Attitudes of Canadian neonatologists towards resuscitation of newborns at the threshold of viability primarily differ at 25 weeks and to a lesser extent at 24 weeks of gestation. Our findings highlight important nuances in relation to existing national guidelines.
PubMed ID
17825136 View in PubMed
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Attitudinal patterns determining decision-making in severely ill elderly patients: a cross-cultural comparison between nurses from Sweden and Germany.

https://arctichealth.org/en/permalink/ahliterature71901
Source
Int J Nurs Stud. 2001 Aug;38(4):381-8
Publication Type
Article
Date
Aug-2001
Author
J. Richter
M R Eisemann
Author Affiliation
Department and University Hospital of Psychiatry and Psychotherapy, Rostock University, Gehlsheimer Str. 20, 18147 Rostock, Germany. joerg.richter@med.uni-rostock.de
Source
Int J Nurs Stud. 2001 Aug;38(4):381-8
Date
Aug-2001
Language
English
Publication Type
Article
Keywords
Activities of Daily Living
Adult
Advance Directives
Age Factors
Aged
Aged, 80 and over
Attitude of Health Personnel - ethnology
Cardiopulmonary Resuscitation
Comparative Study
Cross-Cultural Comparison
Decision Making
Dementia - classification - complications - therapy
Ethics, Nursing
Female
Geriatric Assessment
Germany
Health Knowledge, Attitudes, Practice
Humans
Male
Mental Competency
Middle Aged
Nursing Staff, Hospital - education - psychology
Patient Advocacy
Questionnaires
Resuscitation Orders
Severity of Illness Index
Sweden
Abstract
To explain determinants in the decision-making of nurses in the treatment of severely ill incompetent patients and to describe underlying attitudes, consecutive samples of nurses from Germany and Sweden have been investigated by means of a case scenario and a questionnaire. Whereas the level of dementia emerged as the only factor being significantly related with the treatment option within the Swedish group, patient's age, patient's wishes and ethical concerns were correlated among German nurses. The more the nurses have been able to participate in the provision of the available do-not-resuscitate order or of an advance directive, the less frequent they would perform CPR against the patient's wishes.
PubMed ID
11470096 View in PubMed
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[Before and after implementation of do-not-resuscitate orders in a stroke unit]

https://arctichealth.org/en/permalink/ahliterature90736
Source
Tidsskr Nor Laegeforen. 2008 Dec 18;128(24):2819-22
Publication Type
Article
Date
Dec-18-2008
Author
Mjåset Christer
Gulbrandsen Pål
Rønning Ole Morten
Thommessen Bente
Author Affiliation
Nevrologisk avdeling Akershus universitetssykehus 1478 Lørenskog. chmja@online.no
Source
Tidsskr Nor Laegeforen. 2008 Dec 18;128(24):2819-22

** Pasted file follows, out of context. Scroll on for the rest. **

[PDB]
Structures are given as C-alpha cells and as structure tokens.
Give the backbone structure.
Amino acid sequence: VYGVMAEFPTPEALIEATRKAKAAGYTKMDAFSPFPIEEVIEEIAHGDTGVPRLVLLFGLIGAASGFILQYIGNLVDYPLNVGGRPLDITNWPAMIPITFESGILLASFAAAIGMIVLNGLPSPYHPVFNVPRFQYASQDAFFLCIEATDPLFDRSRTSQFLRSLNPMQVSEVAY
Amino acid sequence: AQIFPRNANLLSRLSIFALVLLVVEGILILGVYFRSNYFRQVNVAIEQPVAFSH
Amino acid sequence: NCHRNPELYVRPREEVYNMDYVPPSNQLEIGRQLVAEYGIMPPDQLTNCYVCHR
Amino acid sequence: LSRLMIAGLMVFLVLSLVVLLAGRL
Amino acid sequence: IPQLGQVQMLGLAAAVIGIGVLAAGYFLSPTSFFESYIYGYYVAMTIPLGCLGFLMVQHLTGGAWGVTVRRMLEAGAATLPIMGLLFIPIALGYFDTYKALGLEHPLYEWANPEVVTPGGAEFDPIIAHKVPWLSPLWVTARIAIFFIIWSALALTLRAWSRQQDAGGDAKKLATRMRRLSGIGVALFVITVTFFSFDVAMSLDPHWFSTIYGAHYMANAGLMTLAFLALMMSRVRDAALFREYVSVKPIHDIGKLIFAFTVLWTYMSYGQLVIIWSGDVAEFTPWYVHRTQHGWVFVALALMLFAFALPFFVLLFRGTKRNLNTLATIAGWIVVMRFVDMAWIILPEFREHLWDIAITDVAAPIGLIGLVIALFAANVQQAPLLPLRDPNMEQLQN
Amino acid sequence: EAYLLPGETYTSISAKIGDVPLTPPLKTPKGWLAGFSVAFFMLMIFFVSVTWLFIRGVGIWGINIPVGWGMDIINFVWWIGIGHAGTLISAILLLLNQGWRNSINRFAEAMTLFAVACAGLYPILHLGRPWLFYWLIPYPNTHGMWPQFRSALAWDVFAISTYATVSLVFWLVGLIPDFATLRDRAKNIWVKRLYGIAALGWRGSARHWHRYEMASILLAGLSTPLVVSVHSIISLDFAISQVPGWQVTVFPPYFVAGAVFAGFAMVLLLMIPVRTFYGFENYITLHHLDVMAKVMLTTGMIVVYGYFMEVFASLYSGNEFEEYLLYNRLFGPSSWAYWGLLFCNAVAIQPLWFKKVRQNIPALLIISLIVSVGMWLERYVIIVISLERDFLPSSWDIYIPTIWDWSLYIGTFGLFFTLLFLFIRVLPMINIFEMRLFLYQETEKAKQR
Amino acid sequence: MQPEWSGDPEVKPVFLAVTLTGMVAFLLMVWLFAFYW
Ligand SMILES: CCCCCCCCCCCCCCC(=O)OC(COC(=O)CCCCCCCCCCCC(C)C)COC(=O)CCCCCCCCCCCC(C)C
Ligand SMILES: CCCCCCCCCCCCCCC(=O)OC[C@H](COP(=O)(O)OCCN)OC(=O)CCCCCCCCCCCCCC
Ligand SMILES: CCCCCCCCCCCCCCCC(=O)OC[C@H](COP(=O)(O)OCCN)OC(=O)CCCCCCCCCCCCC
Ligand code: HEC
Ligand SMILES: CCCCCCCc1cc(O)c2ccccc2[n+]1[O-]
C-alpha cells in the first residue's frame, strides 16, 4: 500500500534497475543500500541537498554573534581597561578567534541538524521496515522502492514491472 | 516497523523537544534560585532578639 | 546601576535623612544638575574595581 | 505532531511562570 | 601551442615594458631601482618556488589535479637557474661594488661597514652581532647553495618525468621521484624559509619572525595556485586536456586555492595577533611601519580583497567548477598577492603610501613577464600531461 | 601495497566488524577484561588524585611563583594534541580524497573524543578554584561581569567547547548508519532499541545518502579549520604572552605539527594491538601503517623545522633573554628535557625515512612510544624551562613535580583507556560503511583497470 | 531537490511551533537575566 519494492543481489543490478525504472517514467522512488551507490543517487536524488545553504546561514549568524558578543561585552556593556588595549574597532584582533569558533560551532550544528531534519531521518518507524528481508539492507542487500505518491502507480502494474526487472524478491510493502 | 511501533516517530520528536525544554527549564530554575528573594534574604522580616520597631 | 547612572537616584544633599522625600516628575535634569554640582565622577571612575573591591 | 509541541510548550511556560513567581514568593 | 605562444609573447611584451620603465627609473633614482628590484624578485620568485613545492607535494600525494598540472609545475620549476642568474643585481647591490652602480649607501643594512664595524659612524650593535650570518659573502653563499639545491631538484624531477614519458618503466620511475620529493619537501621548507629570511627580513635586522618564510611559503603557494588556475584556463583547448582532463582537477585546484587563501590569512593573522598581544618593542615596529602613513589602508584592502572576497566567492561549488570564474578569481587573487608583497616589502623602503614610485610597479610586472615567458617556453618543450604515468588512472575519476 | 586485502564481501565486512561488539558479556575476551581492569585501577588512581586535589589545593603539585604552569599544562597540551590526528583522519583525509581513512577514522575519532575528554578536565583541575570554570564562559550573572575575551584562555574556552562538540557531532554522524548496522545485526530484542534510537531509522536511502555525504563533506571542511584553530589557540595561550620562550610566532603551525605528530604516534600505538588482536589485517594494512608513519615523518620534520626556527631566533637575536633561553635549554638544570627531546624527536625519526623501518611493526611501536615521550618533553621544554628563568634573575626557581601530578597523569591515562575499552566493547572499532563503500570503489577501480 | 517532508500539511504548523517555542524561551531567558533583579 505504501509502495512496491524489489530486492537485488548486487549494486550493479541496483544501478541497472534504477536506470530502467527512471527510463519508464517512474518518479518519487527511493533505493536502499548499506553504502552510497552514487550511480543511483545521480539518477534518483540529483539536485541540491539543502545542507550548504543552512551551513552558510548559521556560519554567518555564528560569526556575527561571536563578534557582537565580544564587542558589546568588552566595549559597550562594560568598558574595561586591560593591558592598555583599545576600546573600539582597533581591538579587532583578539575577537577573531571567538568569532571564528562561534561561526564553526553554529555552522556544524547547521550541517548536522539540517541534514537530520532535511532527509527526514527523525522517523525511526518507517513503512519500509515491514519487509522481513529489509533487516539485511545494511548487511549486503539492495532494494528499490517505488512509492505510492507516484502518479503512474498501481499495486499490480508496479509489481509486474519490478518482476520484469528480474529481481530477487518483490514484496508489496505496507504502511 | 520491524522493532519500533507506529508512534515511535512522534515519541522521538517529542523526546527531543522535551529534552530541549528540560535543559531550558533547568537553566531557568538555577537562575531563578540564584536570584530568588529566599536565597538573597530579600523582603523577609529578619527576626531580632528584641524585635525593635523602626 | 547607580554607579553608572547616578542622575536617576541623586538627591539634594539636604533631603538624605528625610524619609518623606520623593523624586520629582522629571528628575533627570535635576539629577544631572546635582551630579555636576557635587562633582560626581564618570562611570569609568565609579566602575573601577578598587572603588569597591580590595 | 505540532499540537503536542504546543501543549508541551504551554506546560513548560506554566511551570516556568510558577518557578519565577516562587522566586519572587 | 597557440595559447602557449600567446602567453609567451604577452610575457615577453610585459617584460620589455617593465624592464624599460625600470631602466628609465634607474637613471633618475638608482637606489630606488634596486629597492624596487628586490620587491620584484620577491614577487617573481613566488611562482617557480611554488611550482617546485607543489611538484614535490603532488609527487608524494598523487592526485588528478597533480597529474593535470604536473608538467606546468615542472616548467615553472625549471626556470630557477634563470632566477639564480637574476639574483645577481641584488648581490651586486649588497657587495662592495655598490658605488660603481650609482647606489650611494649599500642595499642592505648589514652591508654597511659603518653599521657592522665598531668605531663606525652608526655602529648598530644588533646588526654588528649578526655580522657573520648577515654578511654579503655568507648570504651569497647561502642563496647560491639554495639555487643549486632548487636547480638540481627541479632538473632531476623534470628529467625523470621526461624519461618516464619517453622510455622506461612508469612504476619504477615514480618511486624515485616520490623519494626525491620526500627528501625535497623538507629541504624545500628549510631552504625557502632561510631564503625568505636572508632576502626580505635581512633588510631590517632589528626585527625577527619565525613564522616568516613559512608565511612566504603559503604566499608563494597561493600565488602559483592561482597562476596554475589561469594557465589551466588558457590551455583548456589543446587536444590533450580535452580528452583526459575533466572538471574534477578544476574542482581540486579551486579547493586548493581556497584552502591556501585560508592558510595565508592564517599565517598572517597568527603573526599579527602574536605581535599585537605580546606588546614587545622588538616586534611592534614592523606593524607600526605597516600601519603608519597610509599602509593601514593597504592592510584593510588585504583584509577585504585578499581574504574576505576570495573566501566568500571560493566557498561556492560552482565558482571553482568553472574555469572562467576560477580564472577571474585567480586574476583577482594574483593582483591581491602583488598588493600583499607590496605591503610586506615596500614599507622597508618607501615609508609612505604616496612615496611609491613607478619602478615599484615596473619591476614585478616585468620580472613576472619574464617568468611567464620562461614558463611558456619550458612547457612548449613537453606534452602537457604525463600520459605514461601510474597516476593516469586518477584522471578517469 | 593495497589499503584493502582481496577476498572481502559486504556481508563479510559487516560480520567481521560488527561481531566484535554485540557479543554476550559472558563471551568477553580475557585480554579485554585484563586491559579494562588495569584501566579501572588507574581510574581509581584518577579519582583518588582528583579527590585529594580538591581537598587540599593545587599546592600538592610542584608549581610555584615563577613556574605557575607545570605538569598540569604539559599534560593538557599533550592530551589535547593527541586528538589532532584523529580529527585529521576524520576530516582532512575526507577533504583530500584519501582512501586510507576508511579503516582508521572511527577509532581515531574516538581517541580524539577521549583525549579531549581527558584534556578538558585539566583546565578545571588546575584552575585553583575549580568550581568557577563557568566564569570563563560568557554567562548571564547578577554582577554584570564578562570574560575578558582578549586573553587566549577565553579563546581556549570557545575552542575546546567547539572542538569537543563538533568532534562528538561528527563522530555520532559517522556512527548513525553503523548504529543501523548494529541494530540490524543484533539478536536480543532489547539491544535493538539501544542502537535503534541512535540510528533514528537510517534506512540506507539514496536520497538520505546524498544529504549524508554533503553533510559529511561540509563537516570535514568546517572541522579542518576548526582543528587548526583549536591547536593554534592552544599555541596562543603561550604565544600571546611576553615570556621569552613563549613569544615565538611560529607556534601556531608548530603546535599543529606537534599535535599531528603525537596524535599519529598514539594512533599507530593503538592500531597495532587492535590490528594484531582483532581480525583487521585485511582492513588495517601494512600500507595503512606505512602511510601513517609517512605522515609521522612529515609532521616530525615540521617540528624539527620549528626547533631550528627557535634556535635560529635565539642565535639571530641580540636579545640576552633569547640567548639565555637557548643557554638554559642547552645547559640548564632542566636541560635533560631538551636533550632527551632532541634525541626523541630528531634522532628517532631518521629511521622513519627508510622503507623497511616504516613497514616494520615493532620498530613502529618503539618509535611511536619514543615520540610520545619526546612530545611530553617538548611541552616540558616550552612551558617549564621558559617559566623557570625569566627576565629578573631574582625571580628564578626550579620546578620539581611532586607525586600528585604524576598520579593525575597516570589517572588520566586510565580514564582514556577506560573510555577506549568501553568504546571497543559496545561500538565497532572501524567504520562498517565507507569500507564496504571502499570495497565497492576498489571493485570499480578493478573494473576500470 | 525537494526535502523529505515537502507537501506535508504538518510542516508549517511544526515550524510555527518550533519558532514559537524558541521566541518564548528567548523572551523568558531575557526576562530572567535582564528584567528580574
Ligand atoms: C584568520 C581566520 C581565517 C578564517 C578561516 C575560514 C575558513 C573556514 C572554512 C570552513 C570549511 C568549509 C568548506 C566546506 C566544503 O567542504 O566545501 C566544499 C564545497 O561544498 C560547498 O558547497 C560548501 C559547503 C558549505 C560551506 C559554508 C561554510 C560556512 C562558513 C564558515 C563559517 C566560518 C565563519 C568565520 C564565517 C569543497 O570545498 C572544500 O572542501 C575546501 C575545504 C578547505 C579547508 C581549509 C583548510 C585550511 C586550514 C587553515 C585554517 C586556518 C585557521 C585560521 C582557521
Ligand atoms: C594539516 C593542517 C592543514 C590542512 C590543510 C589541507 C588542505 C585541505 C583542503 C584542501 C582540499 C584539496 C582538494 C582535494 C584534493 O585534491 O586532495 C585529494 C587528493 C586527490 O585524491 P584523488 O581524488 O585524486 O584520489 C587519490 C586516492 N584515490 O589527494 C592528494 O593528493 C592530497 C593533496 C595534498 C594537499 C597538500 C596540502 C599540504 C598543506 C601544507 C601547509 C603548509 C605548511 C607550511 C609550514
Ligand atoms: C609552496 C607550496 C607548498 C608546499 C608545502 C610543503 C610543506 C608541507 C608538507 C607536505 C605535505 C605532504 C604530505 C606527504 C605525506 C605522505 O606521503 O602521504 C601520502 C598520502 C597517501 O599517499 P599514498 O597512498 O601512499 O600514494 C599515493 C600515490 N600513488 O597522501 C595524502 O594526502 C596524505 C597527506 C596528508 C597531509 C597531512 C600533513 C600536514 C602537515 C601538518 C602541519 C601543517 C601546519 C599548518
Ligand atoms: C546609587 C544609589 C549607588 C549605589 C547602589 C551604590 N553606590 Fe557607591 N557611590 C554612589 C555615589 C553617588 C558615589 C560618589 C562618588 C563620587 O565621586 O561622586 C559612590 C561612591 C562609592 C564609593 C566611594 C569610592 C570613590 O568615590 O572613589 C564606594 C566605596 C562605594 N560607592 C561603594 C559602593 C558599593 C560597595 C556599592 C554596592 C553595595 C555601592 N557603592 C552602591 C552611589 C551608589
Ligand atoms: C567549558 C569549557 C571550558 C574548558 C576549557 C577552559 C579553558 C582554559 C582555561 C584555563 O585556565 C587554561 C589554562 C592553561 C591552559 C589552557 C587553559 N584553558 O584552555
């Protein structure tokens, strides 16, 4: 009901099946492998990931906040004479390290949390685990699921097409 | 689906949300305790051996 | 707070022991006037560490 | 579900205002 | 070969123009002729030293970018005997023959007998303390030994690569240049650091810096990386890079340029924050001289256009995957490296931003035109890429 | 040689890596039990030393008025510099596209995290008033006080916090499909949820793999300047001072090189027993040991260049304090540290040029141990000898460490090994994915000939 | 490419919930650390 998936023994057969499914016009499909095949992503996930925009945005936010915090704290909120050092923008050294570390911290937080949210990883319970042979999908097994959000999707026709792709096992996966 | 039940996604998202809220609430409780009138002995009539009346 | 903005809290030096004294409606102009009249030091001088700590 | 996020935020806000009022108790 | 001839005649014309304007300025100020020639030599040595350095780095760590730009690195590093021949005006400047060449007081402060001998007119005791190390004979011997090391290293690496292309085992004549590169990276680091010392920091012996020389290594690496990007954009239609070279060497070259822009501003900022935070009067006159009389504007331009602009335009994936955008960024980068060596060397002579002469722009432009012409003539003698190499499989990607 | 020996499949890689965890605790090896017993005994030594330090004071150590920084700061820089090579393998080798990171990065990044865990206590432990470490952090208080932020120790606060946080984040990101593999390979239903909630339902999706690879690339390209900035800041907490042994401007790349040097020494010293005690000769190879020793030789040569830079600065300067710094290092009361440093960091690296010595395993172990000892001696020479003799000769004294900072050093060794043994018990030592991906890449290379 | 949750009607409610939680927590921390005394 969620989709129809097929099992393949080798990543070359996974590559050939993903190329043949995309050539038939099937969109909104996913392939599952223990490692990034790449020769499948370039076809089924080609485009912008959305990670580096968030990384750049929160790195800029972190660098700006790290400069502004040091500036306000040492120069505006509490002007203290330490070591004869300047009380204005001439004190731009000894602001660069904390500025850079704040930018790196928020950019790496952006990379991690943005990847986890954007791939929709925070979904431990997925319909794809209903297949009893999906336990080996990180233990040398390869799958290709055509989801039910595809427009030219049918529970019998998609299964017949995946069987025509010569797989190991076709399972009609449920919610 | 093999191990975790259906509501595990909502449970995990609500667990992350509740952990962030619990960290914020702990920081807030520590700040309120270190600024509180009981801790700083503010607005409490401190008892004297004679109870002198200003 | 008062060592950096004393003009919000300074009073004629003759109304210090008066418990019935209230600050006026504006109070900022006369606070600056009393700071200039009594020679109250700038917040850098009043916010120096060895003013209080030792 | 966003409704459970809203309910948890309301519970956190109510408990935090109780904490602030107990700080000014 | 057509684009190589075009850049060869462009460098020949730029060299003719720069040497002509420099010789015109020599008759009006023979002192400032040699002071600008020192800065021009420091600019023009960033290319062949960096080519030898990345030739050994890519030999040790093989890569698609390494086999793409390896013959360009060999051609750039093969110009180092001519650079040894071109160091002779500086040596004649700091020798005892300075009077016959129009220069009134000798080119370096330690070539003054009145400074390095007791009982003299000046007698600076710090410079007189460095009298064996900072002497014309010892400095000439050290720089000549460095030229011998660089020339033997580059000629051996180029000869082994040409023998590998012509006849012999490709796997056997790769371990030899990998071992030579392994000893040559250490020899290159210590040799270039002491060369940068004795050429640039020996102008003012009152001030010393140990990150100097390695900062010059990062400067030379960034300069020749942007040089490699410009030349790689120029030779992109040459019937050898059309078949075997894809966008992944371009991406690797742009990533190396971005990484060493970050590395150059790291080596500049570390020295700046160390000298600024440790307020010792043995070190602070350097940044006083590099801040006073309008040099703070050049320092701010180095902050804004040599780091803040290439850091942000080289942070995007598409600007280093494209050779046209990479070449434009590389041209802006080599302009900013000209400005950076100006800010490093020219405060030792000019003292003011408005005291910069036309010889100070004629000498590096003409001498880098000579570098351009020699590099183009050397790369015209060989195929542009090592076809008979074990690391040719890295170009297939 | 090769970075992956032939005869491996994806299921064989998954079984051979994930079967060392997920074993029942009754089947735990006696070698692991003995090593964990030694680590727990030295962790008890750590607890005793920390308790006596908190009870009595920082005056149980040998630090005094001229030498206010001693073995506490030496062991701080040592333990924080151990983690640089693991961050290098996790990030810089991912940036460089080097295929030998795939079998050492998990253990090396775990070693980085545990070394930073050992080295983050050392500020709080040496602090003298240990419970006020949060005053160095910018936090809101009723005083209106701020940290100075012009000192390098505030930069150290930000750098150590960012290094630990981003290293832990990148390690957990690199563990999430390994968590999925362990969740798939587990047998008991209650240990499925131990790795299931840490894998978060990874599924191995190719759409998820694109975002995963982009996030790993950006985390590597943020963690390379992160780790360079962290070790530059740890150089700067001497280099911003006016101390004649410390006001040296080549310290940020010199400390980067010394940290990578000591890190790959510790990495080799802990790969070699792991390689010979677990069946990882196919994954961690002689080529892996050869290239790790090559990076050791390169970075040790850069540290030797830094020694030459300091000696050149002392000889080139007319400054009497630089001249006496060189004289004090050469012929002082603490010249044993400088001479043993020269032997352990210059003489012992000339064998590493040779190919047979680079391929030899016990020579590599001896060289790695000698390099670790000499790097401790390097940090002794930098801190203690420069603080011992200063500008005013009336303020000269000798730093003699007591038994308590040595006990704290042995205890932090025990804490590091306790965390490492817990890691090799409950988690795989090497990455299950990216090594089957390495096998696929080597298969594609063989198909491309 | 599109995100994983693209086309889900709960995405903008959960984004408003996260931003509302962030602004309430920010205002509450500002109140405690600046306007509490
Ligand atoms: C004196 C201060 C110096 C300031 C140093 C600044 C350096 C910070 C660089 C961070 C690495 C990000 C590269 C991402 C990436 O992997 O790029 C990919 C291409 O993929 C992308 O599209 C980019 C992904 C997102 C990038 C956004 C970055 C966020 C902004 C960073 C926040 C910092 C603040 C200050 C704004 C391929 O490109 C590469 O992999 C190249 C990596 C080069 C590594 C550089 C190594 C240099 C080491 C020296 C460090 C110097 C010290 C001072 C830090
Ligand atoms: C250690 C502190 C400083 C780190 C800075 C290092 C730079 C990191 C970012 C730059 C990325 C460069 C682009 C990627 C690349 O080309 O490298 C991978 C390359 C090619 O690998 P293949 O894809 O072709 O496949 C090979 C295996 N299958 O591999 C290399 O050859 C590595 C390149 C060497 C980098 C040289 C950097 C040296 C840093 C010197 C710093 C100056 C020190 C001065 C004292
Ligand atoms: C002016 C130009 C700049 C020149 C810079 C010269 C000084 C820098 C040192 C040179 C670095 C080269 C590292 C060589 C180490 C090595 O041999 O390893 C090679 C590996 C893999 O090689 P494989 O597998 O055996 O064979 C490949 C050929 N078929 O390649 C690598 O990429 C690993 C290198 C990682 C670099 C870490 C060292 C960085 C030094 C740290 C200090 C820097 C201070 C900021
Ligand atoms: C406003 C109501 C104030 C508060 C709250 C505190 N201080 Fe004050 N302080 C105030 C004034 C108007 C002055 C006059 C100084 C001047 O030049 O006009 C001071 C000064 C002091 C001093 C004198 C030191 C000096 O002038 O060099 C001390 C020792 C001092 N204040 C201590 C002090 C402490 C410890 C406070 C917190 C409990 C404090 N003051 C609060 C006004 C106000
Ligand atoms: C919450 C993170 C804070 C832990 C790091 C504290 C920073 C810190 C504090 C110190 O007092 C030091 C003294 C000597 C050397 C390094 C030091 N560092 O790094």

Date
Dec-18-2008
Language
Norwegian
Publication Type
Article
Keywords
Aged
Aged, 80 and over
Female
Hospital Mortality
Humans
Male
Norway - epidemiology
Outcome Assessment (Health Care)
Prognosis
Resuscitation Orders
Stroke - diagnosis - mortality - therapy
Withholding Treatment
Abstract
BACKGROUND: In Norway, few studies have been done to map the extent of do-not-resuscitate (DNR) orders and the consequence for patients (treatment and outcome). MATERIAL AND METHODS: All patients with DNR orders, referred to the stroke unit of Akershus University Hospital during the year 2005, were identified and data on treatment and outcome were recorded. RESULTS: A DNR order was found for 79 of 855 (9 %) patients (mean age 80 years [SD 9]). Reasons for referral to hospital were: cerebral infarction (49 [62 %] patients), intracerebral haemorrhage (28 [35 %] patients), and other diseases (2 [3 %] patients). Mean NIH Stroke Scale was 19 (SD 6) (scale 0 - 42; 0 in score meaning no stroke related symptoms). Hospital mortality was 39/79 (49 %). Apart from once, all decisions regarding withholding and/or withdrawing life-sustaining treatment were taken in the aftermath of a DNR order. For 43 patients (54 %), treatment was limited in some way and hospital mortality for this group was 27/43 (63 %). Mortality was 12/36 (33 %) for those who had full treatment. 45 patients (57 %) with a DNR order had a bacterial infection and 32 of them were treated with antibiotics (71 %). INTERPRETATION: Patients with DNR orders were old and had had severe stroke. Treatment was rarely withheld despite high morbidity and mortality among the patients.
Notes
Comment In: Tidsskr Nor Laegeforen. 2009 Feb 12;129(4):31019219101
PubMed ID
19092948 View in PubMed
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168 records – page 1 of 17.